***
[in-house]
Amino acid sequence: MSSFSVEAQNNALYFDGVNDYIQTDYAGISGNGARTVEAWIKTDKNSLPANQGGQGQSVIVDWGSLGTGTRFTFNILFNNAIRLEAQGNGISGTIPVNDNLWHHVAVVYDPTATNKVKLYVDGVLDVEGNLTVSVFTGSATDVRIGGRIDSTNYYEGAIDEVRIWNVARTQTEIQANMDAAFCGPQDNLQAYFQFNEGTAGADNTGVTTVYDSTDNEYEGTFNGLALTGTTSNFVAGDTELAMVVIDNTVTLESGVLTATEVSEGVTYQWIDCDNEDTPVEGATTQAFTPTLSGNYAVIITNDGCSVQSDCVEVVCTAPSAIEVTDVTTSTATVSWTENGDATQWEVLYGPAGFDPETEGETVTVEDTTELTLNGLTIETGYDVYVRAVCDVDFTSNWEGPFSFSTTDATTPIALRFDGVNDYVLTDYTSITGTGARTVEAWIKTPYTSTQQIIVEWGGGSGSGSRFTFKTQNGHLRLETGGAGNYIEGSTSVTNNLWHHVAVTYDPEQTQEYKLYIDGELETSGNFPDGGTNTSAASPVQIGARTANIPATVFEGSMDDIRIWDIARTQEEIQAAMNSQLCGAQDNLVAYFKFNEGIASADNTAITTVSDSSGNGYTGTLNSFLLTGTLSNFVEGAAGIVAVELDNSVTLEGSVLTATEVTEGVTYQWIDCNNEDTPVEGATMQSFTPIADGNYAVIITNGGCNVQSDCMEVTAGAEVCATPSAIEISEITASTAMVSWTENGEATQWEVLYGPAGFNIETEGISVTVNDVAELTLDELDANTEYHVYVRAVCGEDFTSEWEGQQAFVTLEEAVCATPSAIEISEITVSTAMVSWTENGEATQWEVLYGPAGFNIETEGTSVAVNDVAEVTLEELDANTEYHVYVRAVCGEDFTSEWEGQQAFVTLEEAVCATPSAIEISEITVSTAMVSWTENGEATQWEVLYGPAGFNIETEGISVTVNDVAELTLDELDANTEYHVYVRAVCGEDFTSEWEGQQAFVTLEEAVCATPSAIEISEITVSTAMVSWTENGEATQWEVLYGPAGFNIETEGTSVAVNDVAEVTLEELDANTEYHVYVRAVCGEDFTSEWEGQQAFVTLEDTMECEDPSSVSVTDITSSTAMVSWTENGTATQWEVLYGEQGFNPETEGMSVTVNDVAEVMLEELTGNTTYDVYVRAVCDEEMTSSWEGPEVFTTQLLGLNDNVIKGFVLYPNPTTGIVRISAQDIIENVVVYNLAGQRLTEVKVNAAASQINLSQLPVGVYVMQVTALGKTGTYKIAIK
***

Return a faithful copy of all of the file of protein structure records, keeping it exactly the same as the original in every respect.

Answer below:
[in-house]
Amino acid sequence: MSSFSVEAQNNALYFDGVNDYIQTDYAGISGNGARTVEAWIKTDKNSLPANQGGQGQSVIVDWGSLGTGTRFTFNILFNNAIRLEAQGNGISGTIPVNDNLWHHVAVVYDPTATNKVKLYVDGVLDVEGNLTVSVFTGSATDVRIGGRIDSTNYYEGAIDEVRIWNVARTQTEIQANMDAAFCGPQDNLQAYFQFNEGTAGADNTGVTTVYDSTDNEYEGTFNGLALTGTTSNFVAGDTELAMVVIDNTVTLESGVLTATEVSEGVTYQWIDCDNEDTPVEGATTQAFTPTLSGNYAVIITNDGCSVQSDCVEVVCTAPSAIEVTDVTTSTATVSWTENGDATQWEVLYGPAGFDPETEGETVTVEDTTELTLNGLTIETGYDVYVRAVCDVDFTSNWEGPFSFSTTDATTPIALRFDGVNDYVLTDYTSITGTGARTVEAWIKTPYTSTQQIIVEWGGGSGSGSRFTFKTQNGHLRLETGGAGNYIEGSTSVTNNLWHHVAVTYDPEQTQEYKLYIDGELETSGNFPDGGTNTSAASPVQIGARTANIPATVFEGSMDDIRIWDIARTQEEIQAAMNSQLCGAQDNLVAYFKFNEGIASADNTAITTVSDSSGNGYTGTLNSFLLTGTLSNFVEGAAGIVAVELDNSVTLEGSVLTATEVTEGVTYQWIDCNNEDTPVEGATMQSFTPIADGNYAVIITNGGCNVQSDCMEVTAGAEVCATPSAIEISEITASTAMVSWTENGEATQWEVLYGPAGFNIETEGISVTVNDVAELTLDELDANTEYHVYVRAVCGEDFTSEWEGQQAFVTLEEAVCATPSAIEISEITVSTAMVSWTENGEATQWEVLYGPAGFNIETEGTSVAVNDVAEVTLEELDANTEYHVYVRAVCGEDFTSEWEGQQAFVTLEEAVCATPSAIEISEITVSTAMVSWTENGEATQWEVLYGPAGFNIETEGISVTVNDVAELTLDELDANTEYHVYVRAVCGEDFTSEWEGQQAFVTLEEAVCATPSAIEISEITVSTAMVSWTENGEATQWEVLYGPAGFNIETEGTSVAVNDVAEVTLEELDANTEYHVYVRAVCGEDFTSEWEGQQAFVTLEDTMECEDPSSVSVTDITSSTAMVSWTENGTATQWEVLYGEQGFNPETEGMSVTVNDVAEVMLEELTGNTTYDVYVRAVCDEEMTSSWEGPEVFTTQLLGLNDNVIKGFVLYPNPTTGIVRISAQDIIENVVVYNLAGQRLTEVKVNAAASQINLSQLPVGVYVMQVTALGKTGTYKIAIK